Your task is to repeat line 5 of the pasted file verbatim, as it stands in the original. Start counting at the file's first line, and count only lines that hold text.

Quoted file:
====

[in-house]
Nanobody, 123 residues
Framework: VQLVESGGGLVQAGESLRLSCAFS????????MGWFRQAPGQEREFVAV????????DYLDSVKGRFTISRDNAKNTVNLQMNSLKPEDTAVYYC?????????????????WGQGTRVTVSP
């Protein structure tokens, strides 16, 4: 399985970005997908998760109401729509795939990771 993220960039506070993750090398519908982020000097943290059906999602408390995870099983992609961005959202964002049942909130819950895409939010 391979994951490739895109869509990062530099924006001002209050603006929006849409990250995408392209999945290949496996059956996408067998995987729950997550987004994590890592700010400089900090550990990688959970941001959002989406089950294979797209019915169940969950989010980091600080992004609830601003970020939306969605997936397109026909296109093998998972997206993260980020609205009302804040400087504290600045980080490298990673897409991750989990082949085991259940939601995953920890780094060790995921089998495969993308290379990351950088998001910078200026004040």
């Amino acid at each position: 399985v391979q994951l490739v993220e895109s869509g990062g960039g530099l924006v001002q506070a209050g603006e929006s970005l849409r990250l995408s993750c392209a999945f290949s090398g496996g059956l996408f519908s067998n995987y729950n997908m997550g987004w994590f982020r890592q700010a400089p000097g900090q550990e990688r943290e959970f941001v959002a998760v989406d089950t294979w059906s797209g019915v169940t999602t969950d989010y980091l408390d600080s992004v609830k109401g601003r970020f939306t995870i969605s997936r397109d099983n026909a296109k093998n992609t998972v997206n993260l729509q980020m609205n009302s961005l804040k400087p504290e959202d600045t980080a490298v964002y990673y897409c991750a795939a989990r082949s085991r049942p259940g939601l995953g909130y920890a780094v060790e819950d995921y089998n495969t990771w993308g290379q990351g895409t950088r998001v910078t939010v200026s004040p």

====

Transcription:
């Amino acid at each position: 399985v391979q994951l490739v993220e895109s869509g990062g960039g530099l924006v001002q506070a209050g603006e929006s970005l849409r990250l995408s993750c392209a999945f290949s090398g496996g059956l996408f519908s067998n995987y729950n997908m997550g987004w994590f982020r890592q700010a400089p000097g900090q550990e990688r943290e959970f941001v959002a998760v989406d089950t294979w059906s797209g019915v169940t999602t969950d989010y980091l408390d600080s992004v609830k109401g601003r970020f939306t995870i969605s997936r397109d099983n026909a296109k093998n992609t998972v997206n993260l729509q980020m609205n009302s961005l804040k400087p504290e959202d600045t980080a490298v964002y990673y897409c991750a795939a989990r082949s085991r049942p259940g939601l995953g909130y920890a780094v060790e819950d995921y089998n495969t990771w993308g290379q990351g895409t950088r998001v910078t939010v200026s004040p």